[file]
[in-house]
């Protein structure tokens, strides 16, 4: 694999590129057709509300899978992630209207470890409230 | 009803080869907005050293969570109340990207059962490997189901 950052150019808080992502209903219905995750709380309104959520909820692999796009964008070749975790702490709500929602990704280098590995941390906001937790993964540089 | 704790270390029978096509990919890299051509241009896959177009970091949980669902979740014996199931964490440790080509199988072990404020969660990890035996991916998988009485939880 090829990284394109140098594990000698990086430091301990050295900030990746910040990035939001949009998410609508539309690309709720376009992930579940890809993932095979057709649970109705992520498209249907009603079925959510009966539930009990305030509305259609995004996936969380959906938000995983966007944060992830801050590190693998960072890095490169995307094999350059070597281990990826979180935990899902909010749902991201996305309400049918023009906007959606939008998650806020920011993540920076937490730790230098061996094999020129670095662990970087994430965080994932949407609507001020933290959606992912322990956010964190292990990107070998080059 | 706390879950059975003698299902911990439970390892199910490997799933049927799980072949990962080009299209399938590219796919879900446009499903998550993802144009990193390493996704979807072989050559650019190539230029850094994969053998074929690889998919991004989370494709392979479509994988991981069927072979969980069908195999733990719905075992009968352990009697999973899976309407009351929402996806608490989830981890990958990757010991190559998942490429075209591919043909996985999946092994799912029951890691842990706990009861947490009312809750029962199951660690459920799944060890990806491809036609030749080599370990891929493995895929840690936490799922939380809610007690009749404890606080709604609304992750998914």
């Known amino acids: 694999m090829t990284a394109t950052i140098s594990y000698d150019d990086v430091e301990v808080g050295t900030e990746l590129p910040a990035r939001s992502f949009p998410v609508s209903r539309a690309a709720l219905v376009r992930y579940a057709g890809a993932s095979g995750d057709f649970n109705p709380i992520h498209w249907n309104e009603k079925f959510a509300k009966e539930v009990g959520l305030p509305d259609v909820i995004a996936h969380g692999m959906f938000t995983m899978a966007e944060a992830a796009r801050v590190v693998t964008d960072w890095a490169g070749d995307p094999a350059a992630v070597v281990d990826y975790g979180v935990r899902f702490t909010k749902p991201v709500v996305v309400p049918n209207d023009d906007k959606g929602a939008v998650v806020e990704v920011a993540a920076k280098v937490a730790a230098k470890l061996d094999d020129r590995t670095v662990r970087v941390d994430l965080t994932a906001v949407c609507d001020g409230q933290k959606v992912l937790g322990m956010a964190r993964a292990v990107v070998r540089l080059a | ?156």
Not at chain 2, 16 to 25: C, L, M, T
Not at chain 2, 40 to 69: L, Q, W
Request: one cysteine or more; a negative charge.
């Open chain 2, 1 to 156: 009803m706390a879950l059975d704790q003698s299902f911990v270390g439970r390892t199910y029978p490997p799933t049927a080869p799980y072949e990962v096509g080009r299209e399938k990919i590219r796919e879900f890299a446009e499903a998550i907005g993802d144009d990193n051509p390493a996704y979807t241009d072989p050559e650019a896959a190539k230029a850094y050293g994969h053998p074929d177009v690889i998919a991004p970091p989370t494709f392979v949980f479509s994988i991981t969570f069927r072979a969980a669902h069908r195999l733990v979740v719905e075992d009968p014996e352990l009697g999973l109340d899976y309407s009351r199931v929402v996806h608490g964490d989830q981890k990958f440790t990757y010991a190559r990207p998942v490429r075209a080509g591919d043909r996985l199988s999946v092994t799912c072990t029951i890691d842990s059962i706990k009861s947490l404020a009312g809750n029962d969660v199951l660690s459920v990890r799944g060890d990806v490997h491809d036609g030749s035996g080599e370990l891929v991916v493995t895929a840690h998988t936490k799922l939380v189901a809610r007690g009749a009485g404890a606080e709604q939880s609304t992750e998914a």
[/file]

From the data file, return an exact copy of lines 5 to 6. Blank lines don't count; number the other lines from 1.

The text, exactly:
Not at chain 2, 40 to 69: L, Q, W
Request: one cysteine or more; a negative charge.